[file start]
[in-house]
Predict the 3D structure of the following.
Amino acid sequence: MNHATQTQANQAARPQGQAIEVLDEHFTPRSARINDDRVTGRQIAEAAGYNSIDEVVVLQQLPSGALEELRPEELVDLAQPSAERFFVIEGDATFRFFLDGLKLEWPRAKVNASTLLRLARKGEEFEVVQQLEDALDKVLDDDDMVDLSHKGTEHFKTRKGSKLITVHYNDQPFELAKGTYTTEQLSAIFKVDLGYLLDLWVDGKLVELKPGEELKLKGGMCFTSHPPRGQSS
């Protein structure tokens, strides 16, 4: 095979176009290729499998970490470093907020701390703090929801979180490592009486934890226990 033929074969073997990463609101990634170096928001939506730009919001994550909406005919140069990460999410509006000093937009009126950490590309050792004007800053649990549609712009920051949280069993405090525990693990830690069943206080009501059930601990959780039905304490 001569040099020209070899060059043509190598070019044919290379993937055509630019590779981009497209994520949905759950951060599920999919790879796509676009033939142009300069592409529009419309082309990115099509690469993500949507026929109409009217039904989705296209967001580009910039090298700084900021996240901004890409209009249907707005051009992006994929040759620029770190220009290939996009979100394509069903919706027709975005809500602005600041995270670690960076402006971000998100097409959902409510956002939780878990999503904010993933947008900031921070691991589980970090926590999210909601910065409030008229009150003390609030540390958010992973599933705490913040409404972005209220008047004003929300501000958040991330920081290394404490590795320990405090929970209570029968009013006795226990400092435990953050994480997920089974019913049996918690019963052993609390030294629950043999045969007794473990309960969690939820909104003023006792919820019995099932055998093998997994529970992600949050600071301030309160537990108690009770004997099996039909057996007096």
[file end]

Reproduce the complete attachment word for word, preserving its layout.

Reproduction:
[in-house]
Predict the 3D structure of the following.
Amino acid sequence: MNHATQTQANQAARPQGQAIEVLDEHFTPRSARINDDRVTGRQIAEAAGYNSIDEVVVLQQLPSGALEELRPEELVDLAQPSAERFFVIEGDATFRFFLDGLKLEWPRAKVNASTLLRLARKGEEFEVVQQLEDALDKVLDDDDMVDLSHKGTEHFKTRKGSKLITVHYNDQPFELAKGTYTTEQLSAIFKVDLGYLLDLWVDGKLVELKPGEELKLKGGMCFTSHPPRGQSS
């Protein structure tokens, strides 16, 4: 095979176009290729499998970490470093907020701390703090929801979180490592009486934890226990 033929074969073997990463609101990634170096928001939506730009919001994550909406005919140069990460999410509006000093937009009126950490590309050792004007800053649990549609712009920051949280069993405090525990693990830690069943206080009501059930601990959780039905304490 001569040099020209070899060059043509190598070019044919290379993937055509630019590779981009497209994520949905759950951060599920999919790879796509676009033939142009300069592409529009419309082309990115099509690469993500949507026929109409009217039904989705296209967001580009910039090298700084900021996240901004890409209009249907707005051009992006994929040759620029770190220009290939996009979100394509069903919706027709975005809500602005600041995270670690960076402006971000998100097409959902409510956002939780878990999503904010993933947008900031921070691991589980970090926590999210909601910065409030008229009150003390609030540390958010992973599933705490913040409404972005209220008047004003929300501000958040991330920081290394404490590795320990405090929970209570029968009013006795226990400092435990953050994480997920089974019913049996918690019963052993609390030294629950043999045969007794473990309960969690939820909104003023006792919820019995099932055998093998997994529970992600949050600071301030309160537990108690009770004997099996039909057996007096």